What a knit

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 batteryhensjumper

As if a global recession were not sufficient cause for anxiety, I’m now faced with another pressing challenge – that of knitting a jumper for our two hens, Peppa and Minty.

 

You see, eight-year-old Louis spotted a photo of ex-battery hens sporting hand-knitted jumpers this week in The Times.  He immediately begged me to knit a similarly warm and attractive gilet for our own birds. 

 

Frankly, when we decided to give over half our garden to hens and their mountains of poo, I didn’t expect that my responsibilities would extend to crafting hand-made garments for them. Mind you, neither did I expect to find myself, Jodie Kidd-style, frantically driving round neighbouring streets searching for the hens after they disappeared. Fearing the worst – that the foxes had finally got to them – I almost broke down with relief after discovering them three hours later. There they were, scratching happily around the garden of a very bemused elderly lady who lives across the road.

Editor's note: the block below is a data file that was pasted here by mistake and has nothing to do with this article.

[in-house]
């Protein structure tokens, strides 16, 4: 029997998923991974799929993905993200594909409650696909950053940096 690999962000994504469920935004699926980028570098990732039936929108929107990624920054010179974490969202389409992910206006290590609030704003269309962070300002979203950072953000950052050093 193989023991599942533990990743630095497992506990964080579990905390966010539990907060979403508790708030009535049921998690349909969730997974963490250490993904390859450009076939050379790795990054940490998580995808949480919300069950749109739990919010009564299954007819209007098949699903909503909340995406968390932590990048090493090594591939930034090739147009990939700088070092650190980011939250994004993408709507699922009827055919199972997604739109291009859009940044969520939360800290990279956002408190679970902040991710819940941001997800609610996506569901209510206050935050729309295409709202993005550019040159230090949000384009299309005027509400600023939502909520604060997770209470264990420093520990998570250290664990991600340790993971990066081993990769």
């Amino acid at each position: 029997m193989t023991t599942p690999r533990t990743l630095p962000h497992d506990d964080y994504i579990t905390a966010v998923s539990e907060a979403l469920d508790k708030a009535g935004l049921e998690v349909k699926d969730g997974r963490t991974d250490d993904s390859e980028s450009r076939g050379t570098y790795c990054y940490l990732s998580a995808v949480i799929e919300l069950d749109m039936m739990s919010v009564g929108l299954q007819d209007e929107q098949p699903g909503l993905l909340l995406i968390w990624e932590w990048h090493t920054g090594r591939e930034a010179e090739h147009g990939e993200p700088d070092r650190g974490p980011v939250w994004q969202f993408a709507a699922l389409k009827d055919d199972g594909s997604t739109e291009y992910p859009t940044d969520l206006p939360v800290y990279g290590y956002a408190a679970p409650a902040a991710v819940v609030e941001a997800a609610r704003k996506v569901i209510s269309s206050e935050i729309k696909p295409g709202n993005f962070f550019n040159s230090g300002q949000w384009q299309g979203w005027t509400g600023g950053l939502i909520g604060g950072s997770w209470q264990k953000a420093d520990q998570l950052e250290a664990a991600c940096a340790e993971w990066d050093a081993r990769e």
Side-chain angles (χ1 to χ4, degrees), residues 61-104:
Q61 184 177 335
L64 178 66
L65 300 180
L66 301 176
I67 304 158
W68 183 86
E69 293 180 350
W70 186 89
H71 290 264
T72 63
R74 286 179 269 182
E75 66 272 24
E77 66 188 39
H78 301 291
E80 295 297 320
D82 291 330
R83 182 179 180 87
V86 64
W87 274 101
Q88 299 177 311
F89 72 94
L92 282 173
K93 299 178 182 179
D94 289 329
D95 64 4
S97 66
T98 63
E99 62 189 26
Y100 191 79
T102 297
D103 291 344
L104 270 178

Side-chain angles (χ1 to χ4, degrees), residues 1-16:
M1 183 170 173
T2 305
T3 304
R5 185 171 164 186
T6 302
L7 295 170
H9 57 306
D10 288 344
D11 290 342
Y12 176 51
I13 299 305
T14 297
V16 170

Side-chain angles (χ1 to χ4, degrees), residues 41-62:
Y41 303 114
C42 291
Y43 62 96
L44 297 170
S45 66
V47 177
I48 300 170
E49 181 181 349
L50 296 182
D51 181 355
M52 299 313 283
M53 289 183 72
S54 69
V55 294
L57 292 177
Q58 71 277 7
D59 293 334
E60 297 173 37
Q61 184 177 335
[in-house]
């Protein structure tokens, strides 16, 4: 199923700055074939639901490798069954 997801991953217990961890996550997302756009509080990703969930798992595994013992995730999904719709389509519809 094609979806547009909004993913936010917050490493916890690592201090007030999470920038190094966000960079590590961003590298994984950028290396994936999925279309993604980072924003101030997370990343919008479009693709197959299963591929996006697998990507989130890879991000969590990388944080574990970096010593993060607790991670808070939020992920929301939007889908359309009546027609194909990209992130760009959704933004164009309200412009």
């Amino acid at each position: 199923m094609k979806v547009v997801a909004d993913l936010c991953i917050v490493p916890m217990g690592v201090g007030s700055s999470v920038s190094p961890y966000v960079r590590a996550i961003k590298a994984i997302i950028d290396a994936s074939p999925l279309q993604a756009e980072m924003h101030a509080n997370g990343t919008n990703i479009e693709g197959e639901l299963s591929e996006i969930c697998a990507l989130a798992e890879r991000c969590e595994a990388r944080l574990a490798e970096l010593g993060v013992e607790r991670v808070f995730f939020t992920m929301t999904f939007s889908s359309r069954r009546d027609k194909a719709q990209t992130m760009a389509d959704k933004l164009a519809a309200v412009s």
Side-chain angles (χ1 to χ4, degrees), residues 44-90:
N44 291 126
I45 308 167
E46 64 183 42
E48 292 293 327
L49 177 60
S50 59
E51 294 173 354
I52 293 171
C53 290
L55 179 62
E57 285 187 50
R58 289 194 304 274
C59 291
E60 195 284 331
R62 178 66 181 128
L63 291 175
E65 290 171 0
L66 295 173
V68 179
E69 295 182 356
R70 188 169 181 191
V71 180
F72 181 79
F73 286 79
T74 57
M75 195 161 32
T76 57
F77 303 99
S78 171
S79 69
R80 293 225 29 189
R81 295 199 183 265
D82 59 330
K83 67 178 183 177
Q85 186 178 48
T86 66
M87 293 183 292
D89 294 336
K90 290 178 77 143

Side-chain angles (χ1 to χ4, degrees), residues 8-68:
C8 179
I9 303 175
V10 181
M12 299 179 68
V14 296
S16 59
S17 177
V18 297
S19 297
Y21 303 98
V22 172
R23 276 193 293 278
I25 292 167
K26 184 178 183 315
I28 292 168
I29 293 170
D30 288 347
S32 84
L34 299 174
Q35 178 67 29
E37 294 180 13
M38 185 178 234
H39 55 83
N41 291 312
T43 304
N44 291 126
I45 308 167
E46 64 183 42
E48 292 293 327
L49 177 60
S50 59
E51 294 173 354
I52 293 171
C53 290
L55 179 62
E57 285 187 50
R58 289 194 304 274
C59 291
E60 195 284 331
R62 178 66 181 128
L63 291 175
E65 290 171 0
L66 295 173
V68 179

The funny thing is, a little part of me (just a little mind) actually rejoices at the thought of knitting a hen-jumper. I think it’s the prospect of someone actually wearing something that I’ve knitted – publicly and without protest.  My record of knitted gifts is not a happy one.  The first attempt (since knitting a single bed sock at the age of 12) was a forest green scarf three years ago.  My eldest son Max refused point blank to even try it on.  I then presented it to Louis who welcomed it as the most beautiful gift ever.  When a cold snap descended, I was finally able to proudly offer him the scarf to wear to school. He said: “Oh no Mummy, I couldn’t possibly wear such a precious thing to a busy place like school. I’m going to keep the scarf in a special box to remember you when you’re dead.”

 

Undeterred, I’ve gone on to knit a number of projects including: a cushion cover that has languished unfinished for 18 months; a rather peculiar pink ‘wallet’ for my daughter; and a further five scarves. The last of these – a burgundy-hued anniversary present for Jean-Philippe – took six weeks of fevered knitting.  The first time he wore it, a ten-year-old local kid approached him and asked pointedly why he was ‘wearing a girl’s scarf’.

 

So, if anyone has any easy-to-follow instructions for knitting a hen waistcoat, could you please forward them to me?